Do you think it’s fair that our political parties are not subject to privacy legislation in Canada? No matter how I approach this topic, I always conclude that it’s not right. I have never heard of even one argument to suggest that political parties should be able to operate differently regarding the collection, use, disclosure and safeguarding of personal information. If you read University of Victoria Prof. Colin Bennett's study on the use of personal information by political parties, I'd be surprised if you don't come to the same conclusion.
As our election date quickly (but maybe not quickly enough) approaches, I’d love to see one party—heck I’d be happy with one politician—stand up and add privacy issues to their platform. There isn't much there, except for their varying views on Bill C-51. But what about everything else?
I’m not sure how or why privacy is not taken more seriously or featured more prominently by our politicians. After all, you don’t have to look far to see how privacy and data security issues are clearly on the minds of most Canadians. I know a few politicians out there read the Digest, so maybe I’ll get some direct feedback on the issue. To the politicians: Does privacy feature someplace in your platforms or your discussions with constituents? To the voters: Do you want to see privacy issues more at the forefront of some of the other election issues on the table, and do you care whether and how politicians collect and use your personal information to get your vote?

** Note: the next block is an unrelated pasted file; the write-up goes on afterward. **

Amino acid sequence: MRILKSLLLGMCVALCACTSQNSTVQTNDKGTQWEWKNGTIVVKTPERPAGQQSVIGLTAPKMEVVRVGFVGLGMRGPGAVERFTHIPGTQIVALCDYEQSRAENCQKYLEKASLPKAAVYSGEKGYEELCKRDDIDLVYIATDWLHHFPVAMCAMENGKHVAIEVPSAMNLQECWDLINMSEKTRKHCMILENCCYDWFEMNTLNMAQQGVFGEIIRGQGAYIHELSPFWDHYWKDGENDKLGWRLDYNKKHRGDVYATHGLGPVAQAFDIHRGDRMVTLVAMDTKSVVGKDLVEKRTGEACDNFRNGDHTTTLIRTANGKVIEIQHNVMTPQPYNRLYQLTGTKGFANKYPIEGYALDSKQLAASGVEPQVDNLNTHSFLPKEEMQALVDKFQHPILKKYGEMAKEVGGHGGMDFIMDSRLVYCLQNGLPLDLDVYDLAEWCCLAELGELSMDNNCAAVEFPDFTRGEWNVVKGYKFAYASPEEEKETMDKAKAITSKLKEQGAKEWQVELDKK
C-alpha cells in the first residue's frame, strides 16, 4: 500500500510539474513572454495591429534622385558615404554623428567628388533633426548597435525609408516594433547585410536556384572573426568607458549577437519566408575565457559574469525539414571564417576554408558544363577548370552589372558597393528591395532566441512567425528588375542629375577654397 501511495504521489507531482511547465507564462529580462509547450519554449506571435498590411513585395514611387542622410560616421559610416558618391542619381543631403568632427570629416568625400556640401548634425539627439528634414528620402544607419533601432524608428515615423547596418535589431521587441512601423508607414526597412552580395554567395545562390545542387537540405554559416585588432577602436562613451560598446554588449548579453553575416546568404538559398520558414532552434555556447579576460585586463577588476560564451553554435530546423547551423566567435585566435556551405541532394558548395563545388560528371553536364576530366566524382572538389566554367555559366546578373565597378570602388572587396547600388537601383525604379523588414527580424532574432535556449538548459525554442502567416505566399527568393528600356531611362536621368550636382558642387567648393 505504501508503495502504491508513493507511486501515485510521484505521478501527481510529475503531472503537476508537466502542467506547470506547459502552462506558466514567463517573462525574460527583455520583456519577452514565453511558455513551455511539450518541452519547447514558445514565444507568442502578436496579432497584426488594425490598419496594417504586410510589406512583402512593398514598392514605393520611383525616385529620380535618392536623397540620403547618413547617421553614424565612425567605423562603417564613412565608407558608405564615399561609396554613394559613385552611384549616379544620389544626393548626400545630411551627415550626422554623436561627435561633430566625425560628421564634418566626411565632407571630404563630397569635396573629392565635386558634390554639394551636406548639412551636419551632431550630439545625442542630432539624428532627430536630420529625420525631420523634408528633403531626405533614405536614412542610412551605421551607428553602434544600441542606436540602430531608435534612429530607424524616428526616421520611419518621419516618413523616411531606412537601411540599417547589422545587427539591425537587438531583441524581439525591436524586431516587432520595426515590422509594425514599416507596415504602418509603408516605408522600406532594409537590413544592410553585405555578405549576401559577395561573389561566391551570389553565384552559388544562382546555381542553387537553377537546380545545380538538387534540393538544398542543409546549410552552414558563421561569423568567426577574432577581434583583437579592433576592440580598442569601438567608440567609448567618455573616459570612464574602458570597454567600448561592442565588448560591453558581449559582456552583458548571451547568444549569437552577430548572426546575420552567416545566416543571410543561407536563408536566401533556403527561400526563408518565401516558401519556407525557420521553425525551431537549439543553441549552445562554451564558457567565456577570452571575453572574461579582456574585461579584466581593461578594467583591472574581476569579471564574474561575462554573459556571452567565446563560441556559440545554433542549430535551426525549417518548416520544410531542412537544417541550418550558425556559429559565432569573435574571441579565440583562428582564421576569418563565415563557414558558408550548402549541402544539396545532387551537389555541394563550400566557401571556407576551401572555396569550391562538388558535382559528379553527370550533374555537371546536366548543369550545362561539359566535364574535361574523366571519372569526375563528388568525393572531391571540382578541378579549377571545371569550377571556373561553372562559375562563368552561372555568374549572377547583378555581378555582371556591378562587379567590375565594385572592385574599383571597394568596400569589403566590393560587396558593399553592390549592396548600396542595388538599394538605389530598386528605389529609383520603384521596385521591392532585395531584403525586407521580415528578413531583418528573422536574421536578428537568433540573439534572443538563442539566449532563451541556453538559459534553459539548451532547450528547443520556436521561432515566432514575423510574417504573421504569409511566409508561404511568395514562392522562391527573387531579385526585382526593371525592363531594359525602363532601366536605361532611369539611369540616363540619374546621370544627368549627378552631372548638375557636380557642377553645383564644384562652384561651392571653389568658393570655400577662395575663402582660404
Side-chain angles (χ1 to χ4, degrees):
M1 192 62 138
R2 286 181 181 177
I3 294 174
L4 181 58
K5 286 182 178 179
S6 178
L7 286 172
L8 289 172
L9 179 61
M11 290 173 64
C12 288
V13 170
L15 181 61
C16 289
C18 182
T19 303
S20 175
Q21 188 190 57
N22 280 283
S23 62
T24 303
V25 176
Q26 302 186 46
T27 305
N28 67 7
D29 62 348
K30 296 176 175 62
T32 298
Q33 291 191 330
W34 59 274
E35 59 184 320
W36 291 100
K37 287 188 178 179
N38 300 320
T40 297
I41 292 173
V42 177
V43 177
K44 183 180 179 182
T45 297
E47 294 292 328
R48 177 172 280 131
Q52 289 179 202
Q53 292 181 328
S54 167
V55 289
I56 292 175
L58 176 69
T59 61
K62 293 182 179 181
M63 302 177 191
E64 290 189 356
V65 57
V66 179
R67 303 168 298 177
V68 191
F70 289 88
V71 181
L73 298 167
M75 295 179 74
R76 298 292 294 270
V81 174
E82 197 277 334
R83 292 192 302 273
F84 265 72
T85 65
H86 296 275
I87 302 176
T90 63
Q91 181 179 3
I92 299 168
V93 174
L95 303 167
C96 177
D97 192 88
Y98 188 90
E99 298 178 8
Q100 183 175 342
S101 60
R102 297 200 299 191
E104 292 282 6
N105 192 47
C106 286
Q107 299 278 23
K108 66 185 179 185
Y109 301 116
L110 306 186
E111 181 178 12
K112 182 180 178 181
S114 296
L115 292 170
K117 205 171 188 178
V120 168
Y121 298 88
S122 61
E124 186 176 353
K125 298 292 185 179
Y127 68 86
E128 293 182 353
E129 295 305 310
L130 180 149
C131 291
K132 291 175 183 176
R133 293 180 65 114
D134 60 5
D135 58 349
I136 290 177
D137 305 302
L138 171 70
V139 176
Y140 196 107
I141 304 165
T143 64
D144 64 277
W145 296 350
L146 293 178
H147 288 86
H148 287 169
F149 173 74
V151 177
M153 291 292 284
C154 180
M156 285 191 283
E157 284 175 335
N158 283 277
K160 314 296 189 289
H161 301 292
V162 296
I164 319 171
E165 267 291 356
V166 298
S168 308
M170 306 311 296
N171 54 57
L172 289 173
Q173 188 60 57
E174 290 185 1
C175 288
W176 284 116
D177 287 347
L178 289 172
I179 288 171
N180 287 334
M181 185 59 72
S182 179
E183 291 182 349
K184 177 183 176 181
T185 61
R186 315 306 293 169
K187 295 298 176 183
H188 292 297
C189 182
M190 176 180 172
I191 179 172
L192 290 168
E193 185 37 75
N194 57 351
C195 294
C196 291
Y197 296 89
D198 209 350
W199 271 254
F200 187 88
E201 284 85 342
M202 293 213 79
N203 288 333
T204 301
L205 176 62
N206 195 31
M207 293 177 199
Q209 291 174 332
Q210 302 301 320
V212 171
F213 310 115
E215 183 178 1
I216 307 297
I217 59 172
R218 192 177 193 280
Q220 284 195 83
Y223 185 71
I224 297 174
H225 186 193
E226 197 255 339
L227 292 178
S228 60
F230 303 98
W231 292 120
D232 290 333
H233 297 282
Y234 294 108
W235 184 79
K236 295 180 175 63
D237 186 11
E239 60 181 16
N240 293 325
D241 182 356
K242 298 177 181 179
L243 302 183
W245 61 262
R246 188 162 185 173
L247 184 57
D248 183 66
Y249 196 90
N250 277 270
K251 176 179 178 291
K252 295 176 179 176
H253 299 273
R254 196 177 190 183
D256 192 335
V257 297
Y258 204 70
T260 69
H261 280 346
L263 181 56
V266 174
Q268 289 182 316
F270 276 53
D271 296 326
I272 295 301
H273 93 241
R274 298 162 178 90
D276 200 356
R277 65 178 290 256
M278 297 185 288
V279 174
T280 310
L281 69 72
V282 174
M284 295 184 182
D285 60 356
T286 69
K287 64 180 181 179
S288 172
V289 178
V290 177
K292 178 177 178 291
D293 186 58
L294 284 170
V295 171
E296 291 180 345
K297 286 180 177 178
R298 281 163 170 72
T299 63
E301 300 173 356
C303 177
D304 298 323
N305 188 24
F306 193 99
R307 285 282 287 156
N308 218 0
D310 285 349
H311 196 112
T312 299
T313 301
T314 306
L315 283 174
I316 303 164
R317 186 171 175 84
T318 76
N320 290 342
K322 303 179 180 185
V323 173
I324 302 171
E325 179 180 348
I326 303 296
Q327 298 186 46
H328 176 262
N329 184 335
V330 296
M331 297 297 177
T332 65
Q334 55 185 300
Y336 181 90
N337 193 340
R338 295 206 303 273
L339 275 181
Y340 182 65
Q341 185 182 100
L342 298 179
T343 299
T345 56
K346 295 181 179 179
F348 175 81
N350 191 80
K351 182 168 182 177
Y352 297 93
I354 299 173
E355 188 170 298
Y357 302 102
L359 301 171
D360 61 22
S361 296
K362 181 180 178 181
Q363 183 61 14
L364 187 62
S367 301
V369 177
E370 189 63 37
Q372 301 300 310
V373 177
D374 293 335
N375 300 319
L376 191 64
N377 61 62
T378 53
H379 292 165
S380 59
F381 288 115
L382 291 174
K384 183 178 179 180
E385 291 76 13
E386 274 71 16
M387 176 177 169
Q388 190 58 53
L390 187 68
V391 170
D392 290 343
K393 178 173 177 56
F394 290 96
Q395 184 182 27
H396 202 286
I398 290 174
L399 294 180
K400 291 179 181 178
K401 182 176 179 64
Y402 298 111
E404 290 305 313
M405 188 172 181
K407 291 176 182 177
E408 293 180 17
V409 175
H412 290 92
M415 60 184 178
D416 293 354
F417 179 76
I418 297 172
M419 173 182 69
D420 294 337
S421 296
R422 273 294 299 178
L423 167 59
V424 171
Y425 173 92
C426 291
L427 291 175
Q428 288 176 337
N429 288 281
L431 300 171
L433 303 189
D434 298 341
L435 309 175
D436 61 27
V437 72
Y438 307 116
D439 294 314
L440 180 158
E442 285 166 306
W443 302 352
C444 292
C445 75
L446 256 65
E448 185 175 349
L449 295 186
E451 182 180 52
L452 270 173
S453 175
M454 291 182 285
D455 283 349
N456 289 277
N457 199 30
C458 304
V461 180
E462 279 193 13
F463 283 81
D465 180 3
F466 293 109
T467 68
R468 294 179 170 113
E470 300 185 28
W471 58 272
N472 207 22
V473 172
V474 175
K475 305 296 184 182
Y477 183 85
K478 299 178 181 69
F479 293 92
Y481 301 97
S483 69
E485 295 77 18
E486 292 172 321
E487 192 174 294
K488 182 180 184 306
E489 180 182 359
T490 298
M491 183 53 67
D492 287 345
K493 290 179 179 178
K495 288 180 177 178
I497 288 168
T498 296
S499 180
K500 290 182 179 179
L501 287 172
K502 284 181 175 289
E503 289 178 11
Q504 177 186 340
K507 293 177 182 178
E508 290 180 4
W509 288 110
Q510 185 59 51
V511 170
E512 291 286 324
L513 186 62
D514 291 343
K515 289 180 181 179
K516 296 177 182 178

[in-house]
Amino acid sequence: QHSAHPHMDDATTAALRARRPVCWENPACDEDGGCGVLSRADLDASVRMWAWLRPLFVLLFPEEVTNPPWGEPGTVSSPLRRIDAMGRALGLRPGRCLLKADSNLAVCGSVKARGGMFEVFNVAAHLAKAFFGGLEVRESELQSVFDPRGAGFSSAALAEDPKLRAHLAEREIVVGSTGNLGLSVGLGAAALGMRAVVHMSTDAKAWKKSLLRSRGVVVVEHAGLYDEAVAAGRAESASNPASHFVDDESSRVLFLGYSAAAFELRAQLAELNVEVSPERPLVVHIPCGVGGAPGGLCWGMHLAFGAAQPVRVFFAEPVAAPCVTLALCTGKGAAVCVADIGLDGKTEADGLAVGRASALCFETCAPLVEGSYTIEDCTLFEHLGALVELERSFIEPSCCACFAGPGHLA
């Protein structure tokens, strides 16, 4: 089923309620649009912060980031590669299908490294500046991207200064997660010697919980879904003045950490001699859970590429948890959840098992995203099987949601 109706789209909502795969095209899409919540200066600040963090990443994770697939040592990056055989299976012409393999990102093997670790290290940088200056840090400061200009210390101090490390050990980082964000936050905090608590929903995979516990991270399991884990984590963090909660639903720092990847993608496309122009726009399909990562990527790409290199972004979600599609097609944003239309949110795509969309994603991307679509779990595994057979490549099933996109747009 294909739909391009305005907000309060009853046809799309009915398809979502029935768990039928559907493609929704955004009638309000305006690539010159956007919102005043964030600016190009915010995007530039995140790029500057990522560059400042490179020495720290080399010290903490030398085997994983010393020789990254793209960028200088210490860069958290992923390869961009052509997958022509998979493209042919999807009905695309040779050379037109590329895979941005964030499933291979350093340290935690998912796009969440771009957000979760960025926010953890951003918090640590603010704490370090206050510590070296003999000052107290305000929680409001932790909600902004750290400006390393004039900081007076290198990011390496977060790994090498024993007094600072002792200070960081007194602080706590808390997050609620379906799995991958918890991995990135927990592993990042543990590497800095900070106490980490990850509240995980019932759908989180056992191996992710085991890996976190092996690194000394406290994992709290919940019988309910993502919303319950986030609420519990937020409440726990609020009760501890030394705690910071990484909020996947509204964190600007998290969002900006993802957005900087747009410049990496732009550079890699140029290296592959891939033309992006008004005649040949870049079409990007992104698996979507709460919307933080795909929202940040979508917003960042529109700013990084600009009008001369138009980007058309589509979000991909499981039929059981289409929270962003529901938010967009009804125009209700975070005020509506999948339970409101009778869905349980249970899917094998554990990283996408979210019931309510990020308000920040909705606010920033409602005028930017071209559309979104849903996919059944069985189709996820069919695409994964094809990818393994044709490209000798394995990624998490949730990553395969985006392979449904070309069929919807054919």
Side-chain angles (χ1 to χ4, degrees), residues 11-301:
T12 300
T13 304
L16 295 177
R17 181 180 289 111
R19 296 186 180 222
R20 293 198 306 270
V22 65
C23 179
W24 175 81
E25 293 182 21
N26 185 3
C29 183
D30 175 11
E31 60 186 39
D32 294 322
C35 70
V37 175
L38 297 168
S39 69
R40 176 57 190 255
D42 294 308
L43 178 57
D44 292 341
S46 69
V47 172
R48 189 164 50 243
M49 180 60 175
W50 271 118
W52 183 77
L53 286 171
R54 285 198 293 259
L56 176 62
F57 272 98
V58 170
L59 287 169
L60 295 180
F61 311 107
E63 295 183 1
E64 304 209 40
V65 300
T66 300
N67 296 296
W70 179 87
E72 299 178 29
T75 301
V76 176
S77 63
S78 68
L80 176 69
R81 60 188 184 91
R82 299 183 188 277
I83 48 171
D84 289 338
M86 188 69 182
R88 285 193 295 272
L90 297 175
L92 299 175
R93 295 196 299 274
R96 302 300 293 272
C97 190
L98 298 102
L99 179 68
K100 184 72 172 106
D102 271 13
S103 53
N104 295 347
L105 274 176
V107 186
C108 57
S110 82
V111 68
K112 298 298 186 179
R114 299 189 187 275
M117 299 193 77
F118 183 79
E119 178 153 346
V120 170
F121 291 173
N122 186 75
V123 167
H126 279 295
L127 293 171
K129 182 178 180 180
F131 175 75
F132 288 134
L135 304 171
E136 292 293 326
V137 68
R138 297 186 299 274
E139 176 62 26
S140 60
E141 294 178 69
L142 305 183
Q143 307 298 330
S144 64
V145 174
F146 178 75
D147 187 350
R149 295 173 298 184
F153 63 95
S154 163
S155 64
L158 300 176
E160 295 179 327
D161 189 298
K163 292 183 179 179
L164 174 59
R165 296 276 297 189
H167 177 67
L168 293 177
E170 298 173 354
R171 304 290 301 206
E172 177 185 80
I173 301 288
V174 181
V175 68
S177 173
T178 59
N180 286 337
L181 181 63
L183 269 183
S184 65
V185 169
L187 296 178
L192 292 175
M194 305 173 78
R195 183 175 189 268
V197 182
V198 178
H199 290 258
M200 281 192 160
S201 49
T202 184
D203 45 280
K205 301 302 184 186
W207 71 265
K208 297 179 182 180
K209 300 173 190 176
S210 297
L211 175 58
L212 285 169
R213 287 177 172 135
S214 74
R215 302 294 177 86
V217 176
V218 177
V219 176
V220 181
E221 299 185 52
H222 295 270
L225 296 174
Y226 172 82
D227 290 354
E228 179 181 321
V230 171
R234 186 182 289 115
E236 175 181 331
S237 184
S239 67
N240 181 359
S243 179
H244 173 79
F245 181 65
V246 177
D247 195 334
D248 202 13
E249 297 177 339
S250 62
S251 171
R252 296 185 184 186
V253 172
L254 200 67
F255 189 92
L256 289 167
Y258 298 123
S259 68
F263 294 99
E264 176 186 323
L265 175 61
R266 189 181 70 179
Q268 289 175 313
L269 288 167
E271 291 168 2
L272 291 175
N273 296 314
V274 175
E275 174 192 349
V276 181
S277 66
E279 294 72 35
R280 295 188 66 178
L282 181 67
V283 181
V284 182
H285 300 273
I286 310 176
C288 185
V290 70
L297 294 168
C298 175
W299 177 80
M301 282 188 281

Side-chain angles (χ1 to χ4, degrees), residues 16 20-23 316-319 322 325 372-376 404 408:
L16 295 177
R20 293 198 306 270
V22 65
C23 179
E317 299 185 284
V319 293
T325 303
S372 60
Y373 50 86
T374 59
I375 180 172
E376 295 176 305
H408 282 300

If there’s anything to report back, I’ll do so in a subsequent issue.
On a different note, and in case you didn’t see my tweet (@k_klein) earlier in the week, I want to draw special attention to Chris Wolf winning the prestigious Vanguard Award this past week at the IAPP P.S.R. conference in Vegas. Chris is a true pioneer in the area of privacy law, and I think the award is well deserved. Read on below for an article about all the award winners.
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